Article by Jon Bloom
The clear teaching of the New Testament is that God gives spiritual gifts to the church for the common good of the saints (1 Corinthians 12:7) and to empower her mission to evangelise the world (Luke 24:48 -49; Acts 4:29 -31; 1 Corinthians 14:24 -25). The most familiar lists of these gifts are in Romans 12, 1 Corinthians 12, and Ephesians 4. But the Corinthians list includes the most controversial gifts of the Spirit: healing, miracles, prophecy, tongues and their interpretation (1 Corinthians 12:9 -10).
And it’s in the context of teaching on these gifts — particularly the two most controversial gifts, prophecy and tongues — that Paul twice tells us to “earnestly desire” them, adding, “especially that [we] may prophesy” (1 Corinthians 12:31; 14:1). He leaves us no room to wiggle out of pursuing uncomfortable gifts.
I know that some wonderful, sincere Christians believe that these most controversial gifts did not extend beyond the closing of the New Testament canon. I am not here going to argue for the gifts’ continuation... I assume what the Holy Spirit-inspired New Testament authors assumed: The spiritual gifts would function in healthy, Holy Spirit-empowered churches until Jesus returns (1 Corinthians 13:9–12). The questions I want to address are why should we desire these gifts and how should we pursue them?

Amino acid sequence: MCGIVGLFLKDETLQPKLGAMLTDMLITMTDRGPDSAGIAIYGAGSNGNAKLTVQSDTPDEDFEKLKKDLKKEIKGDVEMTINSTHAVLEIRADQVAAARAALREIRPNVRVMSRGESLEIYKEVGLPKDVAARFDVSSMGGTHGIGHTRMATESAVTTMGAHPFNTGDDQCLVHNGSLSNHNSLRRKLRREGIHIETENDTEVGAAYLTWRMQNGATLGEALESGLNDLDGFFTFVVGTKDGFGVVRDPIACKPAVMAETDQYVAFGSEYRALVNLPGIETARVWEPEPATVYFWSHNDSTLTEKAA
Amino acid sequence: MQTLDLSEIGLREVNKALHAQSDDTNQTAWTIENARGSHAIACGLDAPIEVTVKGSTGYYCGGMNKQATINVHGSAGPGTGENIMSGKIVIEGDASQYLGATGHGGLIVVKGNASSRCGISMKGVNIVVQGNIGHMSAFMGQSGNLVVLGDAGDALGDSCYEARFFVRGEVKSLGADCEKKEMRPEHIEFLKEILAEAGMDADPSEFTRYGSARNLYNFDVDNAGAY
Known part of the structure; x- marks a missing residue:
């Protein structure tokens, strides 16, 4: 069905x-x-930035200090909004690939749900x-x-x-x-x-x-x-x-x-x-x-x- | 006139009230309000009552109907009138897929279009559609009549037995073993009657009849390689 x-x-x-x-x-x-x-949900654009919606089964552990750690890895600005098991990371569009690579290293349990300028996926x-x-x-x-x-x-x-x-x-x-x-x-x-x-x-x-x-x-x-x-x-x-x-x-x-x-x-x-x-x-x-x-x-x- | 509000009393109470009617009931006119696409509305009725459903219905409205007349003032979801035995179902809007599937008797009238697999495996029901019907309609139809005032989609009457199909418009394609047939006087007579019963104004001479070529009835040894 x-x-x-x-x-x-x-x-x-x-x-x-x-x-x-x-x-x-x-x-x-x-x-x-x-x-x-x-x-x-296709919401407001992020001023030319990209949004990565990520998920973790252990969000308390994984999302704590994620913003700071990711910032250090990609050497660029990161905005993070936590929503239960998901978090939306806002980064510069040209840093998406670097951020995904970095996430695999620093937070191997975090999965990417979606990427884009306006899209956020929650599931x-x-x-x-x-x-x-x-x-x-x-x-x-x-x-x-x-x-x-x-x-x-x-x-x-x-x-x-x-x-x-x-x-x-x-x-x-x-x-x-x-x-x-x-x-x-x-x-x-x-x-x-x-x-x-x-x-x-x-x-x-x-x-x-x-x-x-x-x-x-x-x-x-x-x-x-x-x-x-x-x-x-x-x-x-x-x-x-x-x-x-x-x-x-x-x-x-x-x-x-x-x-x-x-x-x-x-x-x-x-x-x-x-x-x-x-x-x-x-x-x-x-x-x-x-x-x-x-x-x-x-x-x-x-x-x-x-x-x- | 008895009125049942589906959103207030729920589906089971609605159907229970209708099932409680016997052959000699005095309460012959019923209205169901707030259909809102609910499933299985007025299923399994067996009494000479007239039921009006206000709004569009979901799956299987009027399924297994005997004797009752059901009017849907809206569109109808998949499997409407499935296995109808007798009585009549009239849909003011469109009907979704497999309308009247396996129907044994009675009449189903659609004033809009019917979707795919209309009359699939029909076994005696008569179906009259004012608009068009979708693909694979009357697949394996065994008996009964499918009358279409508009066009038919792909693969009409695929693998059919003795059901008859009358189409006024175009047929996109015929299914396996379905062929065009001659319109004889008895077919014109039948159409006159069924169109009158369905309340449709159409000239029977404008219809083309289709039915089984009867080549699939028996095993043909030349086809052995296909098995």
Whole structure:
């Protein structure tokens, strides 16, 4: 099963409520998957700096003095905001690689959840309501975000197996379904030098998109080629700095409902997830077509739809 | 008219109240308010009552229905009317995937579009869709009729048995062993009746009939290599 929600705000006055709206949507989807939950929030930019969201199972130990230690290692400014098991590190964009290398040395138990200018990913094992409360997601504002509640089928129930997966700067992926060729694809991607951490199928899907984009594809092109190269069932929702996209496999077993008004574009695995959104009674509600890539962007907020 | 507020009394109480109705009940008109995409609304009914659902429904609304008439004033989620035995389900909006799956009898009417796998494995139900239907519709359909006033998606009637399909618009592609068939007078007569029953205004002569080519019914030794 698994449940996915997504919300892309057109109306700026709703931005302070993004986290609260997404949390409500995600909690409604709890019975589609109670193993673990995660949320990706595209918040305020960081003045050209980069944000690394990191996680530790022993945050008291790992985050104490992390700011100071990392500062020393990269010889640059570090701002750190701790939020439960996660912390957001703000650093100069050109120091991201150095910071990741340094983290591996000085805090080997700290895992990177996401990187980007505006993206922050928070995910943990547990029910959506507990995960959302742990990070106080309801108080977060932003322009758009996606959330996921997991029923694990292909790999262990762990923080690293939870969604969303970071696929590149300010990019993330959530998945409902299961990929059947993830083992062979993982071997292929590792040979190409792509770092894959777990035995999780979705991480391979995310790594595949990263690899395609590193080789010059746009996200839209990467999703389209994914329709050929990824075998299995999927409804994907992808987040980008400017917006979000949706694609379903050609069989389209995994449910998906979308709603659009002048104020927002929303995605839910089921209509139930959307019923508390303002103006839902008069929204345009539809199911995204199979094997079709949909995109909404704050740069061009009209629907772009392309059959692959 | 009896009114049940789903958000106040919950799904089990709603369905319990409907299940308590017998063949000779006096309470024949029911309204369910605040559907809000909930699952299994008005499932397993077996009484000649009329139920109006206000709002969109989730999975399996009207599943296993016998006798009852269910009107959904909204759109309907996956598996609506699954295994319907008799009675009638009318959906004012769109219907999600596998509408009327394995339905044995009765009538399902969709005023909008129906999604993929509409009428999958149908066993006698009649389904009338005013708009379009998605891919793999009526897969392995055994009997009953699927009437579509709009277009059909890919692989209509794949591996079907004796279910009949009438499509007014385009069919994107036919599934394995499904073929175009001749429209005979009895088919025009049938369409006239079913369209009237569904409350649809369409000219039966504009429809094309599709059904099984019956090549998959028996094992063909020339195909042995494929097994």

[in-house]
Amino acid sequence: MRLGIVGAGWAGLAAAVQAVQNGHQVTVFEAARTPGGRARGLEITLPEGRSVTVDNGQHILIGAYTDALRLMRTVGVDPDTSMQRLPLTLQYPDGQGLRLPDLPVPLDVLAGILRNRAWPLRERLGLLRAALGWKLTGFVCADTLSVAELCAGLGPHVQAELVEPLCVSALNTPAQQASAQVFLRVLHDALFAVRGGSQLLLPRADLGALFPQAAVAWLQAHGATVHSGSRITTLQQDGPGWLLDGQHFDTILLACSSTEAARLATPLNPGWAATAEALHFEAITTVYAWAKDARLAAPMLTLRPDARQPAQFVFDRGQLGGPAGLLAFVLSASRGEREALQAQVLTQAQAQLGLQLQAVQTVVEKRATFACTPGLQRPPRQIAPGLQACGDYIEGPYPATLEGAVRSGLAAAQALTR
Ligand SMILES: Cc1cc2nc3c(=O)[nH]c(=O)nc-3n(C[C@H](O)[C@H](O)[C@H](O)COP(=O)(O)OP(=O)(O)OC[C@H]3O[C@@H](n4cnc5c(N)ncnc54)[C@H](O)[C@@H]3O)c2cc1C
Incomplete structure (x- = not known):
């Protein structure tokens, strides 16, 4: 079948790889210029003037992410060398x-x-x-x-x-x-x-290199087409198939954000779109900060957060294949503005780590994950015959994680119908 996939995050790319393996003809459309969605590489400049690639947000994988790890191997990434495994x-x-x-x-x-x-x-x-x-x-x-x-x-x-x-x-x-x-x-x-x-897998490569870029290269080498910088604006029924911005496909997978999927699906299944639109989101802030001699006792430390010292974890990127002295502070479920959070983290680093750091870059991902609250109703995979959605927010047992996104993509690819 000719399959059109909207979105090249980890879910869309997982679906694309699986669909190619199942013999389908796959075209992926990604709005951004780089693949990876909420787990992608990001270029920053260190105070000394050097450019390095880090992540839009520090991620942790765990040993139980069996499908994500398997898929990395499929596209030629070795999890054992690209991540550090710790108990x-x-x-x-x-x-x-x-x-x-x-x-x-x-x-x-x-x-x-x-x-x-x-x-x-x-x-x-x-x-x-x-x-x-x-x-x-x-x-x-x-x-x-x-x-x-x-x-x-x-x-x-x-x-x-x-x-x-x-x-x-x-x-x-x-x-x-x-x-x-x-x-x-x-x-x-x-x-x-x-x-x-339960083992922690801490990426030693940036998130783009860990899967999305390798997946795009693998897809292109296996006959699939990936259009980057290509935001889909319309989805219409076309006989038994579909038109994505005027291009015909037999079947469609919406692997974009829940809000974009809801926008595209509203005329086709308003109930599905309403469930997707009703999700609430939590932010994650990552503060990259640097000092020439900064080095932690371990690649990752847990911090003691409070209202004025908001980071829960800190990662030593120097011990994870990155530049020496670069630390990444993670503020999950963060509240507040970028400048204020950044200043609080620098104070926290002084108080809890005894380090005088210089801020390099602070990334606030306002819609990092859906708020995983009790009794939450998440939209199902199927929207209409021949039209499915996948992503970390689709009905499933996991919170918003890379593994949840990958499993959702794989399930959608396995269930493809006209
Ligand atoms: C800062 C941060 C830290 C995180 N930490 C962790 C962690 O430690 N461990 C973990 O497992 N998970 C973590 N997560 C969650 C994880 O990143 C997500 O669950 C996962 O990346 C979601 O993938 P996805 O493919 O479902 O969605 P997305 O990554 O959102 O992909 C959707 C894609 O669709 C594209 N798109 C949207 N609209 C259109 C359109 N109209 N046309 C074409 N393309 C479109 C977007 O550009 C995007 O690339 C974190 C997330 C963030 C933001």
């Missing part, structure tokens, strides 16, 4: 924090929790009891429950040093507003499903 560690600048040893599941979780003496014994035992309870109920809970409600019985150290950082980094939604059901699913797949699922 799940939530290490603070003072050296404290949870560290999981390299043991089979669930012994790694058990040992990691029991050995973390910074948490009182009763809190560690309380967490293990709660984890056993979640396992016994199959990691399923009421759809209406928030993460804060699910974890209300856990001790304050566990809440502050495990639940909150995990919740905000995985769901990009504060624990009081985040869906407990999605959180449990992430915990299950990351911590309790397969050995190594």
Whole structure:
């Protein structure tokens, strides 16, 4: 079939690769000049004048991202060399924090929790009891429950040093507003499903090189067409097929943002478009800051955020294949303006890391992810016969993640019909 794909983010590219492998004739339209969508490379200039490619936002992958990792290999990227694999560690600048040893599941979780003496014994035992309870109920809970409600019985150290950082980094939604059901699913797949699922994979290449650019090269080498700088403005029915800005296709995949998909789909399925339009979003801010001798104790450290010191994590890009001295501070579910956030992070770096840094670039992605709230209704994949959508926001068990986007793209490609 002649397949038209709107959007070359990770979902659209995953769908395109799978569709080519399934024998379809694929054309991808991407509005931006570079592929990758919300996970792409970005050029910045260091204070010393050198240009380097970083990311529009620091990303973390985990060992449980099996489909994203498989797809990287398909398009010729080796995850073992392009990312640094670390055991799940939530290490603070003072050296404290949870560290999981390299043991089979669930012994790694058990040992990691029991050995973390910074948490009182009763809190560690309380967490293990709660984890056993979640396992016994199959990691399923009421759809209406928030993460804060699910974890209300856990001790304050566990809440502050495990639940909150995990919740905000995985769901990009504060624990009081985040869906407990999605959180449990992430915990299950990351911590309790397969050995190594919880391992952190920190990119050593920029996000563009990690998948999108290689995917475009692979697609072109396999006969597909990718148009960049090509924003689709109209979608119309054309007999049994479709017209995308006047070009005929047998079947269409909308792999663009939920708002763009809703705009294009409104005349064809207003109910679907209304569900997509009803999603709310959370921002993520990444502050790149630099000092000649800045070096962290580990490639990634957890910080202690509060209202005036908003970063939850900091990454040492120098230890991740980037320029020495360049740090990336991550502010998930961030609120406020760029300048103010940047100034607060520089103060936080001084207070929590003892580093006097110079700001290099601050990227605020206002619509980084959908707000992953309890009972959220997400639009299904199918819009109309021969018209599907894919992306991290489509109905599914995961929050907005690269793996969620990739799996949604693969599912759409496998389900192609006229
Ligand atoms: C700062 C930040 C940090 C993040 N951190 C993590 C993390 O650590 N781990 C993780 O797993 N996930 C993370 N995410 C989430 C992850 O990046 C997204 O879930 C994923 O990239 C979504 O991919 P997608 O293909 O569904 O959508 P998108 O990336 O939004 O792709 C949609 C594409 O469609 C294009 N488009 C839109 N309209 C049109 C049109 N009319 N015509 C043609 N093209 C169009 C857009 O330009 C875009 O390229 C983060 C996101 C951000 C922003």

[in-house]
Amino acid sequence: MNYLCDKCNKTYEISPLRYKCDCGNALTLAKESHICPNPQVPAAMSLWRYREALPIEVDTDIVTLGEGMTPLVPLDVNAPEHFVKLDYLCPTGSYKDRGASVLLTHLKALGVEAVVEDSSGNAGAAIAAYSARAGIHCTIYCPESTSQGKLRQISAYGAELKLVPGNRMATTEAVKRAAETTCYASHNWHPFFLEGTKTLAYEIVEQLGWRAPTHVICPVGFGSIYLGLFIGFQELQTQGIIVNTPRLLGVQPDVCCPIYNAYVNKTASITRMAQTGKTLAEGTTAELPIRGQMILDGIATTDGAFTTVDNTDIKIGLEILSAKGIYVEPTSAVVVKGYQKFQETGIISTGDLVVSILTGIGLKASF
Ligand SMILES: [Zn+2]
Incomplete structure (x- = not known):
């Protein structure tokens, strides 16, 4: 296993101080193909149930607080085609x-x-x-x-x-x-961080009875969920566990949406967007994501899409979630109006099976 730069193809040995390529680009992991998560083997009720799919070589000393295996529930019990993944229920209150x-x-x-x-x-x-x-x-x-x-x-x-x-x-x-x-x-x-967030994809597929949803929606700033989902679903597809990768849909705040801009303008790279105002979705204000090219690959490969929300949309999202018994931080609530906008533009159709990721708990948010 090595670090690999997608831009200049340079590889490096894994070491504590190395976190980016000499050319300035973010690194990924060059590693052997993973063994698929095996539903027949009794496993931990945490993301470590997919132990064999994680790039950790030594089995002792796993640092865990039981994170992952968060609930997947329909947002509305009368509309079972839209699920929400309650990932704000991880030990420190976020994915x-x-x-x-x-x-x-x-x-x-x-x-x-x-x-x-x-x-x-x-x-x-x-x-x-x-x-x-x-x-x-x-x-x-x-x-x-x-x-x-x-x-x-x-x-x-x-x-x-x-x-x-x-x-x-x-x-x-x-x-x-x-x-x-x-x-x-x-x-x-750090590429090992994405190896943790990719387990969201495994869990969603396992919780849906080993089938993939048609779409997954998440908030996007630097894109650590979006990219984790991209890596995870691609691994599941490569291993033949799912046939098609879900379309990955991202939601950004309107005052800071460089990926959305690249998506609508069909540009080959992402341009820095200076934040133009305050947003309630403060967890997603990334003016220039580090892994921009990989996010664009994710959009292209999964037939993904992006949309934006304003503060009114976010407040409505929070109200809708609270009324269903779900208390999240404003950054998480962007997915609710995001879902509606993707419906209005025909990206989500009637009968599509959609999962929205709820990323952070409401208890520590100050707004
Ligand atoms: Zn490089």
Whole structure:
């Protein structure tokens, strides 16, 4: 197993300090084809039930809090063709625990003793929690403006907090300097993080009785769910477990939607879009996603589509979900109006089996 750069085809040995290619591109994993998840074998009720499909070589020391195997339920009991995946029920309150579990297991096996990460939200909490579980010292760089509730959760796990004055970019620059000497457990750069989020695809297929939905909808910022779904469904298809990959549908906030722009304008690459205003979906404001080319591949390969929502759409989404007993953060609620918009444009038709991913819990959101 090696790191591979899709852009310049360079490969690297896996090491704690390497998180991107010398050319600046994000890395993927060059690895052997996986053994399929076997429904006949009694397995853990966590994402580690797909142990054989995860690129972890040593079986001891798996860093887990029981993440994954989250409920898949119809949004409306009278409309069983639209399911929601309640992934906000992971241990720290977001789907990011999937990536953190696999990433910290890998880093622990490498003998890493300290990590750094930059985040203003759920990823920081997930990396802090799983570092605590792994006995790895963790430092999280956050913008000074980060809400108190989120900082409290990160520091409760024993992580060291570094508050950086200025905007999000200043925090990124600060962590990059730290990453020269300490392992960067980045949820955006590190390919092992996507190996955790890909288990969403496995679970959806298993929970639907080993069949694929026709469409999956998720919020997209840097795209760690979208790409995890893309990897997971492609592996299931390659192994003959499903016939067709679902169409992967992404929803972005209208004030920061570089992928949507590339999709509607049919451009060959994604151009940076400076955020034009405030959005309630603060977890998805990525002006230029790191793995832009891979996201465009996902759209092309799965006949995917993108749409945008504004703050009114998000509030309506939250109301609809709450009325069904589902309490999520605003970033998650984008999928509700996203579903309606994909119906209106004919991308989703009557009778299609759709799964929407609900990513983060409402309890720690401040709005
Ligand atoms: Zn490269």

Because the Bible Commands Us To
The most fundamental reason we should desire these gifts is that the Bible commands us to: “earnestly desire the spiritual gifts.” Paul says this in the same sentence he says, “pursue love” (1 Corinthians 14:1). Both are Holy Spirit-inspired imperatives.
No one disputes that we should continue to love one another. There is no command that is clearer in the New Testament (John 15:12). But neither would anyone dispute that loving one another is very hard. Love may not be controversial in the church, but its demands are very intimidating and it is often manipulated and abused.
Likewise the spiritual gifts are intimidating, some even strange, and all of them can too be manipulated and abused. All spiritual gifts are potentially dangerous, even the less controversial ones (think of the damage done by false teachers and deceptive administrators).
In a sense, handling spiritual gifts is like handling dynamite — dynamis is the Greek word for “power” often used when referring to the Holy Spirit. When used rightly the gifts are explosively loving. When used wrongly they are explosively destructive. It’s tempting not to use them at all.
The early Christians also felt this way after damaging experiences. That’s why Paul had to say things like, “do not forbid speaking in tongues,” “do not quench the Spirit,” and “do not despise prophecies” (1 Corinthians 14:39; 1 Thessalonians 5:19 - 20). It was tempting to not use these messy gifts.